South Asia

Ousted Sri Lankan PM Wickremesinghe Gets Majority in Parliament Vote

Sri Lanka has been going through a major political crisis since October 26 when President Maithripala Sirisena, in a controversial move, removed Wickremesinghe and installed strongman Mahinda Rajapaksa in his place.

New Delhi: Sri Lanka’s ousted prime minister Ranil Wickremesinghe garnered a majority in parliament on Wednesday, weeks after being sacked by President Maithripala Sirisena in a controversial move that plunged the island nation into political turmoil.

As many as 117 out of 225 lawmakers in parliament voted to pass a confidence motion in his leadership.

The motion’s approval could be seen as a blow to President Sirisena, who has steadfastly refused to reappoint 69-year-old Wickremesinghe due to his personal dislike of the ousted prime minister.

Sri Lanka has been going through a major political crisis since October 26 when Sirisena, in a controversial move, removed Wickremesinghe and installed strongman Mahinda Rajapaksa in his place.

Rajapaksa has so far failed to prove his majority in parliament.

The main Tamil minority party TNA voted in favour of the confidence motion. However, the Marxist JVP, which has protested Sirisena’s extra constitutional action, abstained from voting.

If the Janatha Vimukthi Peramuna (JVP)’s six lawmakers had voted in his favour, Wickremesinghe would have commanded an unassailable majority in the house despite the president’s refusal to reinstate him.

Sirisena’s United People’s Freedom Alliance continued its boycott of parliament when Sajith Premadasa, Wickremesinghe’s deputy, moved the motion in the morning.

Premadasa urged Sirisena to end the October 26 unconstitutional action and reinstate Wickremesinghe to take the country back to the pre-October 26 position.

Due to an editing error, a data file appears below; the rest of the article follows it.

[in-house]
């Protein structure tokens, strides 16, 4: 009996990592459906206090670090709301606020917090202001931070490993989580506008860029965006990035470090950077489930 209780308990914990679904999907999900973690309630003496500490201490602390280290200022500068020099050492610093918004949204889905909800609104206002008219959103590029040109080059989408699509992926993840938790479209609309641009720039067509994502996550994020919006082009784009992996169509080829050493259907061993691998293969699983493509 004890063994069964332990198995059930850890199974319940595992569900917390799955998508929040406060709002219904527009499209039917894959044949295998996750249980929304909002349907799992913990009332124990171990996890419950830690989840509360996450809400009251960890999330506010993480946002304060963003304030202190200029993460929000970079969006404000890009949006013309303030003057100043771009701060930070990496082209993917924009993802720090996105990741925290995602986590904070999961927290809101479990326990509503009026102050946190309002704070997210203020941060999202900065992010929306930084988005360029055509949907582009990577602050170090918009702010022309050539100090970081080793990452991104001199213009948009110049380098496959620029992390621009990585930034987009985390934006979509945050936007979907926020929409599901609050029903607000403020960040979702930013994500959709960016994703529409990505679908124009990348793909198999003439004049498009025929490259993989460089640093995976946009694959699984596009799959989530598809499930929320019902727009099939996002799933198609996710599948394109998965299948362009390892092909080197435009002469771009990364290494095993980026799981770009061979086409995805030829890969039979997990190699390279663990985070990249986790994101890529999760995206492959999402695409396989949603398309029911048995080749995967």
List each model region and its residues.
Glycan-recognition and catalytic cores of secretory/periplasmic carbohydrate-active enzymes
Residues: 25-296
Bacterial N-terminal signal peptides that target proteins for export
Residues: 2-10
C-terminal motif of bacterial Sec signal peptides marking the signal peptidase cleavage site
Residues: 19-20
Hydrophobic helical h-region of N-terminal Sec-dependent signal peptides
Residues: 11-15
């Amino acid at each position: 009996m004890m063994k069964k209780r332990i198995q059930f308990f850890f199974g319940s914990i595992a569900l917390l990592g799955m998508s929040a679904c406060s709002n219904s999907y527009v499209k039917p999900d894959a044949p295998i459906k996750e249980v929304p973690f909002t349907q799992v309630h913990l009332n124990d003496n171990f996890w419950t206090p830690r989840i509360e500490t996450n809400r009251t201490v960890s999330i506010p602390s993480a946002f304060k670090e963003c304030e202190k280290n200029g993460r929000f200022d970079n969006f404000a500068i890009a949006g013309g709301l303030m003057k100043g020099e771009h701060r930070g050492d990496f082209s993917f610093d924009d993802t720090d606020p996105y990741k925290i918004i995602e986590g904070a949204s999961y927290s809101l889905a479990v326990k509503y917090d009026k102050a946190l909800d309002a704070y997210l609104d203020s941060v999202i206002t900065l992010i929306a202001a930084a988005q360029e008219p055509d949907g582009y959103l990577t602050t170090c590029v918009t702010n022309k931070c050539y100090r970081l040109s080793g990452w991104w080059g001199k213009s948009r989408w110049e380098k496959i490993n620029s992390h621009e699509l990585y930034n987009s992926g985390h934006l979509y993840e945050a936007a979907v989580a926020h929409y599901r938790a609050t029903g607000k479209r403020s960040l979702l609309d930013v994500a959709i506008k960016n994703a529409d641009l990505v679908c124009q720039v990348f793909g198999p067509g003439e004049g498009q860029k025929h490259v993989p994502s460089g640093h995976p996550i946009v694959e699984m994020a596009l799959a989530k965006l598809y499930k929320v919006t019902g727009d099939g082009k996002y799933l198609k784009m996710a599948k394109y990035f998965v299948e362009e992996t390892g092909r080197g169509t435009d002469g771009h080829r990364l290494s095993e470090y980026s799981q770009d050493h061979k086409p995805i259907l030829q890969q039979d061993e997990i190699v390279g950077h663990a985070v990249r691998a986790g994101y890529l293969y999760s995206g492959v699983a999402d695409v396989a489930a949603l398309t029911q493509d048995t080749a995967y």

Speaker Karu Jayasuriya later adjourned the parliament session until December 18.

Legislators supporting Sirsena and Rajapaksa have been boycotting parliament since November 17 when there were violent scenes of fighting, breaking of furniture and throwing of chilli powder.

Also Read: Explained: The Constitutional Crisis in Sri Lanka

Two key court orders on the legality of Sirisena’s action await delivery. The one on parliament’s sacking is expected this week.

Sirisena, after sacking Wickremesinghe on October 26, dissolved Parliament and called for a snap election on January 5. However, the Supreme Court overturned his decision.

Sirisena said that he has always taken decisions in the best interest of the country and the people.

Wickremesinghe last week urged the president not to “be like Hitler and some of the other dictators who used the referendum”.

Sirisena has said that Wickremesinghe is a stubborn, headstrong person who was following far right neo-liberal policies.

Wickremesinghe and Rajapaksa both claim to be the prime ministers with the former claiming that his dismissal is invalid because he still holds a majority in the 225-member Parliament.

Prior to the crisis, Wickramasinghe’s UNP had the backing of 106 parliamentarians, while Rajapaksa and Sirisena combined had 95 seats.

The president has said that due to sharp personal differences with Wickremesinghe, he would not reappoint him as the prime minister.

However, the UNP claims that Sirisena will be left with no choice as he Wickremesinghe commands confidence in the House.

Join The Discussion